Learning > Inspiration

To Soar like Dragons



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When one thinks about Dragon Boating, what comes to mind is how physically demanding the sport is. In other words, it’s a sport that one usually associates with the young and fit. But there is a group of seniors who are here to prove how wrong this mindset can be.


Meet Sally, Careen, Jacky and Francis. They are senior dragon boaters who took part in the 13th World Nations Dragon Boat Championship held at Kunming, China last year. Organised by International Dragon Boat Federation (IDBF) 'The World Governing Body of Dragon Boat Sport', it is an International Dragon Boat Competition where teams from all over the world gather to compete. These four seniors were part of a team of 62 senior dragon boaters who had competed and even managed to win a number of medals in the senior category of the race. Kudos to them for doing Singapore proud! (9th in the World Standing)


To experience something different

At 49, Careen is the youngest member out of the four. Careen used to participate in marathons and cycle regularly, which are mostly individual sports. She yearned to take up a team sport to expand her social circle, which was why she took up dragon boating.


“I wanted to experience something different…to learn and grow in a team. It’s never too late to pick up something new. It’s all about having a positive mindset.”


Since taking up the sport 3 years ago, Careen’s passion for it burns ever brighter and she constantly strives to do better. She is also keen to keep up with technology to be more connected with her family and has interest to learn cooking and photography. She hopes to find courses to suit her interest under National Silver Academy (NSA) in the near future.


Oldest members of the group

Cutting lean and fit physiques, one would have never guessed that Sally and Jacky are the oldest members of the four at 62. Both of them have the stamina to put most people half their age to shame. Sally has always been active and enjoys water sports but when she was introduced to dragon boating 5 years ago, she never imagined that she would be able to pick up a new sport in her late 50s and excel at it.


These seniors usually train together with the younger members of the team. In fact, they have proven themselves to be much more than an equal training partner to their younger counterparts.


“The training is physically challenging, but I enjoy every minute of it. Sure, the young people are faster and stronger in a short race but when it comes to endurance and perseverance, they are surprised that we can beat them.”


At her age, Sally is a role model of what active ageing entails at this modern age and she shows no sign of slowing down.


It’s a team sport

When it comes to dragon boating, Jacky is easily the veteran of the four and he looks the part with his tan and burly frame. He was the instructor for other teams before, and a strong believer that the sport can help build character and integrity. These are traits that he values as he runs a successful business distributing a reputable sports brand.


“Dragon boating can help to enhance a person’s listening and communication skills. It’s a team sport that requires precise co-ordination among the team members and a lot of discipline,” he emphasised.


A strong advocate of the sport, Jacky is optimistic for more seniors to take up this sport as there are many opportunities for them learn the basics in Singapore.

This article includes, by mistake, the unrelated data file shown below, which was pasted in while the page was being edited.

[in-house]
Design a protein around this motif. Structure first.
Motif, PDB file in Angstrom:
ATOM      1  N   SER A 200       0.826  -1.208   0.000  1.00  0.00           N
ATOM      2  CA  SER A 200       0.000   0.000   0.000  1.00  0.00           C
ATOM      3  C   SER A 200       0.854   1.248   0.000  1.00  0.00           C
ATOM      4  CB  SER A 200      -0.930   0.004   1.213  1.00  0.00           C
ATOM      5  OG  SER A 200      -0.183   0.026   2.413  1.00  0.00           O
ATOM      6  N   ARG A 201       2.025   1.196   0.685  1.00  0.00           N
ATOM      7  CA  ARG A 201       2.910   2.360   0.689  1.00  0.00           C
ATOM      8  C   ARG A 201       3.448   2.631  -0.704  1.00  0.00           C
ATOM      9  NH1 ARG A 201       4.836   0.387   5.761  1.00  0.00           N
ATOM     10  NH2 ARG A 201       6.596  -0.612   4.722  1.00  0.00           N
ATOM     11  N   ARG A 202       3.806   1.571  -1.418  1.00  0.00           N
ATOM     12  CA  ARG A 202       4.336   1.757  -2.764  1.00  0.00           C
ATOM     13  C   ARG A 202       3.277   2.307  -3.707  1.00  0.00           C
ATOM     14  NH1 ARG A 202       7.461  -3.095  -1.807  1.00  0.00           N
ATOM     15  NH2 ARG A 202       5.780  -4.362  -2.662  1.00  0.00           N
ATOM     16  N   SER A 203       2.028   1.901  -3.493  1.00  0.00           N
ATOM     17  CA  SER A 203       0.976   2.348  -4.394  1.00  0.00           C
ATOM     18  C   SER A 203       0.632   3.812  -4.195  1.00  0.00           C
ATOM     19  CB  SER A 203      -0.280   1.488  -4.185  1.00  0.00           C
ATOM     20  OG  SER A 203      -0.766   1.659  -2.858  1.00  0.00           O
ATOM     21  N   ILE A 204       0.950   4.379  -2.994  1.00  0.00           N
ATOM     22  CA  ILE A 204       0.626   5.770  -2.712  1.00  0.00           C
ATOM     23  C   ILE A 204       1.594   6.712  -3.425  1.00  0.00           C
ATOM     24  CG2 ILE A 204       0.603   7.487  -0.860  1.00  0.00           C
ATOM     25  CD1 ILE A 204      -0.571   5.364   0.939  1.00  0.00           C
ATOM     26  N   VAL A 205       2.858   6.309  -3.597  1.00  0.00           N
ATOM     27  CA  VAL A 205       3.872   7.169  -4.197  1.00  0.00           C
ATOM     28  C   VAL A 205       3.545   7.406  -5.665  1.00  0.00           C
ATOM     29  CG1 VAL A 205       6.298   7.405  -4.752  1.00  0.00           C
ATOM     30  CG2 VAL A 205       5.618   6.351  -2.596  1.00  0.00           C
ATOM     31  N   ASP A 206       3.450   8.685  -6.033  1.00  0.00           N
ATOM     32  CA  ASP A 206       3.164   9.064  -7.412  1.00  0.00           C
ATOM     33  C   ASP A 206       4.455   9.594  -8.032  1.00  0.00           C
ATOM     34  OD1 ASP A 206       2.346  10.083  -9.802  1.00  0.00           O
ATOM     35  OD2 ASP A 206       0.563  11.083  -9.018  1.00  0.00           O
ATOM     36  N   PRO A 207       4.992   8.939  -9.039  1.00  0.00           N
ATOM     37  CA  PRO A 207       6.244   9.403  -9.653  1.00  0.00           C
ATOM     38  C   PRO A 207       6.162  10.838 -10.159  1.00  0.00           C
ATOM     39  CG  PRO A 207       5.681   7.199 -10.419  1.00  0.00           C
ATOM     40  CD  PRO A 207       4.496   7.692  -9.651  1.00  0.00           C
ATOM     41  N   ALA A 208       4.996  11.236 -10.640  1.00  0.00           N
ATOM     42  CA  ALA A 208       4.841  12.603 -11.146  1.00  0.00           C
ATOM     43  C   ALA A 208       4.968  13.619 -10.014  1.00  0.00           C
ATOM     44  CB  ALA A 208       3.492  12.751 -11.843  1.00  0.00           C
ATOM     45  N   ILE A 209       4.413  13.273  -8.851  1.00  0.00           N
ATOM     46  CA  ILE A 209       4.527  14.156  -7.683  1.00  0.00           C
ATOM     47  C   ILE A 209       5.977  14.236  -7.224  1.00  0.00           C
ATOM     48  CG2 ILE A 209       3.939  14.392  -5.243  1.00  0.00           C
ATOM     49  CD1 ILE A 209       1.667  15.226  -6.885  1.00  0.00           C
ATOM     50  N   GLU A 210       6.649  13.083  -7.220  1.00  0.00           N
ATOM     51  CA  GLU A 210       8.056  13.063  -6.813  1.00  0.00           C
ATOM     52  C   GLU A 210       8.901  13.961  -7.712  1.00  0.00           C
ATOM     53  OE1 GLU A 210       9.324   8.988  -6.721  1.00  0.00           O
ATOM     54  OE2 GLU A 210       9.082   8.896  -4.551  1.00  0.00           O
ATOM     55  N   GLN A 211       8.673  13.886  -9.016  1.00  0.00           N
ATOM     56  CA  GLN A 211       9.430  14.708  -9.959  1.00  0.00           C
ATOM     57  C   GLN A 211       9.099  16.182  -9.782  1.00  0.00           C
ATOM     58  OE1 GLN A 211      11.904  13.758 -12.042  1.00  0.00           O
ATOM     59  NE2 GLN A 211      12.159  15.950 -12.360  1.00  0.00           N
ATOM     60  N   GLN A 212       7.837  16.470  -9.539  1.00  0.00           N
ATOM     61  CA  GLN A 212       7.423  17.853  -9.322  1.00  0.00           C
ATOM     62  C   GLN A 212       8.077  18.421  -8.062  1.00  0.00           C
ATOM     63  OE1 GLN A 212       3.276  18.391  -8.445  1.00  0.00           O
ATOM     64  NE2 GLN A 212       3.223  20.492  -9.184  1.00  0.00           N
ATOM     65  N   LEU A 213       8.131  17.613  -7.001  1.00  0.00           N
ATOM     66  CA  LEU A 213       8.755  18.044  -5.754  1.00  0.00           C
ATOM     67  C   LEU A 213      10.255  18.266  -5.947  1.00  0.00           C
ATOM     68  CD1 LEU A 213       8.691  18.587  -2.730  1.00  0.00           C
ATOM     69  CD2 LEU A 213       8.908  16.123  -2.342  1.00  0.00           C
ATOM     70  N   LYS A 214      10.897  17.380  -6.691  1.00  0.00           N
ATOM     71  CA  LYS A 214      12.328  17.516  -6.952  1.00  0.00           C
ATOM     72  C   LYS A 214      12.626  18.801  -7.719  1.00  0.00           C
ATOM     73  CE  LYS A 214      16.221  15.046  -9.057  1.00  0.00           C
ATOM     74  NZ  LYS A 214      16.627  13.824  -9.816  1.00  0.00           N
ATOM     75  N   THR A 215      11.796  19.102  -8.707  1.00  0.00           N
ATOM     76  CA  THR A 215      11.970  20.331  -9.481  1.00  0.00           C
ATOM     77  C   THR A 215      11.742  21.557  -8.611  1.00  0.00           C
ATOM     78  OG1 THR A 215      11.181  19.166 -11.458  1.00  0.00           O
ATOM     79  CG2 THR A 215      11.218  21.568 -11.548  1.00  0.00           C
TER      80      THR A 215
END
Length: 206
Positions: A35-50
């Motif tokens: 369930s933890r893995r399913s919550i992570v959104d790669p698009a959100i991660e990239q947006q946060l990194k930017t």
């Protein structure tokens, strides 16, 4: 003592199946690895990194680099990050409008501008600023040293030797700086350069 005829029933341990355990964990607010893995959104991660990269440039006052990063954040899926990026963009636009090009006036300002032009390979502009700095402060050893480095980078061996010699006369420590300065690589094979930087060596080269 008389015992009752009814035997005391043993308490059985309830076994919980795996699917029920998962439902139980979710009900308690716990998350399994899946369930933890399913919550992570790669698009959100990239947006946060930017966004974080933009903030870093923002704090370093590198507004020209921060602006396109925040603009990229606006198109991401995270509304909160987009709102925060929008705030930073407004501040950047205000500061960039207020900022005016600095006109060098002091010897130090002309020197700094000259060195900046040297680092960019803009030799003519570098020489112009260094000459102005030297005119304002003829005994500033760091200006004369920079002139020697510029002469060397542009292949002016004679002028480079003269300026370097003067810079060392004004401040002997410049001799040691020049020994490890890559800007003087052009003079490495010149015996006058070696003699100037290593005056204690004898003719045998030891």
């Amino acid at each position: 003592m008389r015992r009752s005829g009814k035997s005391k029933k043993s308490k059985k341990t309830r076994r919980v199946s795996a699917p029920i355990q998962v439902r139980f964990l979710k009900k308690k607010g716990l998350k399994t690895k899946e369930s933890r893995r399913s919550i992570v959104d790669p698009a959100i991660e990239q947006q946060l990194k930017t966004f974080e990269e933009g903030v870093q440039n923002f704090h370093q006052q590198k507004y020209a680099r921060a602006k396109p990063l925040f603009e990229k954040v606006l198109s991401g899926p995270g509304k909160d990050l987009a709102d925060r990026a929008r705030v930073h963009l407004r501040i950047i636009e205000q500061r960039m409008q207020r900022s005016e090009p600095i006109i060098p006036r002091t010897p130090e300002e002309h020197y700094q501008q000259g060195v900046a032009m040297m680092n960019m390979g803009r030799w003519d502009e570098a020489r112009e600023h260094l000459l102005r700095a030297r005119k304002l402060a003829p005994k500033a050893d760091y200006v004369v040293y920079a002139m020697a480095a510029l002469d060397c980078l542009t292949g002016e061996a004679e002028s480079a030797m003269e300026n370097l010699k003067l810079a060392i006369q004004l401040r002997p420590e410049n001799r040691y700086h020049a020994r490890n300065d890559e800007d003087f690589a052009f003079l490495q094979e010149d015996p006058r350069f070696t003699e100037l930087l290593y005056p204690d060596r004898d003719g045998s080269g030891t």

Age is just a number

Four years ago, Francis decided to have a go at dragon boating just for fun. He has always led an active lifestyle and did his first triathlon at the age of 50. At 51, he took part in a cycling event where he covered a total distance of 42km. Despite embracing dragon boating late in his life, he too fell in love with the sport, especially with the team spirit the sport has helped to instil in its participants.


Despite going through the “ups and downs” in his life, being one of the Singapore’s Masters Dragon Boat National Team Captain last year and Chairman of the Singapore Masters Dragon Boat Committee this year, Francis remains committed in doing his best during training and displays character and integrity when it matters the most. It was during of one of his “down” period when the team competed at Kunming last year that Francis had just lost his job at that time. Despite going through a rough patch in his life, he did not let himself become demoralised. Instead, he picked himself up and continued to do his best and pushed through the period of the event because he knew that his teammates depended on him.


After the competition, Francis had used the same perseverance to propel himself forward in his work life. He used his SkillsFuture Credit to take up Web Design and Java Script courses, to upgrade his skills and keep himself relevant. He believes strongly that lifelong learning is not only the key to active ageing but also to stay relevant to the world around us as well. Today, he has come out stronger and wiser because of it.


“To me, age is just a number. Believe in yourself, stay focused and you can succeed.”


Working together is success

Henry Ford once said, “Coming together is the beginning. Keeping together is progress. Working together is success.”


This quote certainly speaks to every individual of the dragon boat team. After all, dragon boating unites everyone through the high level of teamwork required. With dragon boating bringing together individuals from all walks of life, it is no wonder that the sport has now become a part of these seniors.


**Special thanks to Sally, Careen, Jacky and Francis who accepted our interview, we wish them all the very best in their active ageing journey.

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